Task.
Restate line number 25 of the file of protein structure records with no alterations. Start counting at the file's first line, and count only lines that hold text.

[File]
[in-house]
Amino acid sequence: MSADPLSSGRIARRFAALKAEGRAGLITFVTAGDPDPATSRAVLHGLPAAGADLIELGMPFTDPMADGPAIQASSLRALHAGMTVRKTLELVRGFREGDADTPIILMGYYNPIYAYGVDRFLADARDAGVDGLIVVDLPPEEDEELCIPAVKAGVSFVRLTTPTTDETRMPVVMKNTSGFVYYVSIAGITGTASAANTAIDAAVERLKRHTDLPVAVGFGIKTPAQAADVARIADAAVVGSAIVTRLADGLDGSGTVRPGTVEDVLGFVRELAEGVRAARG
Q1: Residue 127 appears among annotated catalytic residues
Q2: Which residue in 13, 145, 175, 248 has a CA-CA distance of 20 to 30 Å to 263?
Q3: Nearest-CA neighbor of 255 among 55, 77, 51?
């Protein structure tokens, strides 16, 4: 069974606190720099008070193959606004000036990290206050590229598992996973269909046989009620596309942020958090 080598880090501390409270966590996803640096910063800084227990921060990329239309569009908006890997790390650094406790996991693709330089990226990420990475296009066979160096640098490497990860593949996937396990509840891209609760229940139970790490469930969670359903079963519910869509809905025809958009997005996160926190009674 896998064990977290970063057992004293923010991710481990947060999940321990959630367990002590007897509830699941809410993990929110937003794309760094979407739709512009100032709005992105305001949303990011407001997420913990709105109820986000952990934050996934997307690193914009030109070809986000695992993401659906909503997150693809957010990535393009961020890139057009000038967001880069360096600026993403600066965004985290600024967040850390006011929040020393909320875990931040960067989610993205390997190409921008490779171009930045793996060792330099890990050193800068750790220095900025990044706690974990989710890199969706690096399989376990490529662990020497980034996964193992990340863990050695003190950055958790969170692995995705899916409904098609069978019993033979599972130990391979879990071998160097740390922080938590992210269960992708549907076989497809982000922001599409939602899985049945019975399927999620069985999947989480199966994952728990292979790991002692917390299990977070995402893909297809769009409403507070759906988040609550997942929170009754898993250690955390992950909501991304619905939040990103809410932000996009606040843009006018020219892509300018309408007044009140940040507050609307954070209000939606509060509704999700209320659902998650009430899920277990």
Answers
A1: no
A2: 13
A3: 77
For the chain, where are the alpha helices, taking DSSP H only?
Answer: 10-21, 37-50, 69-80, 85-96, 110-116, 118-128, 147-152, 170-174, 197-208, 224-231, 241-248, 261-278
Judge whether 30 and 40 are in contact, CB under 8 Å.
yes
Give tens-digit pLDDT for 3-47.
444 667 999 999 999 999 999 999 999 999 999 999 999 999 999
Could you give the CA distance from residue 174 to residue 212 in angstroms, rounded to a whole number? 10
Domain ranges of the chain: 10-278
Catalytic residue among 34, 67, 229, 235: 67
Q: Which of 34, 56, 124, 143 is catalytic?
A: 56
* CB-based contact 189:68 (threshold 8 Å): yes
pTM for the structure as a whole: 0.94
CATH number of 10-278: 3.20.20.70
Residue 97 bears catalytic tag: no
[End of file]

Residue 97 bears catalytic tag: no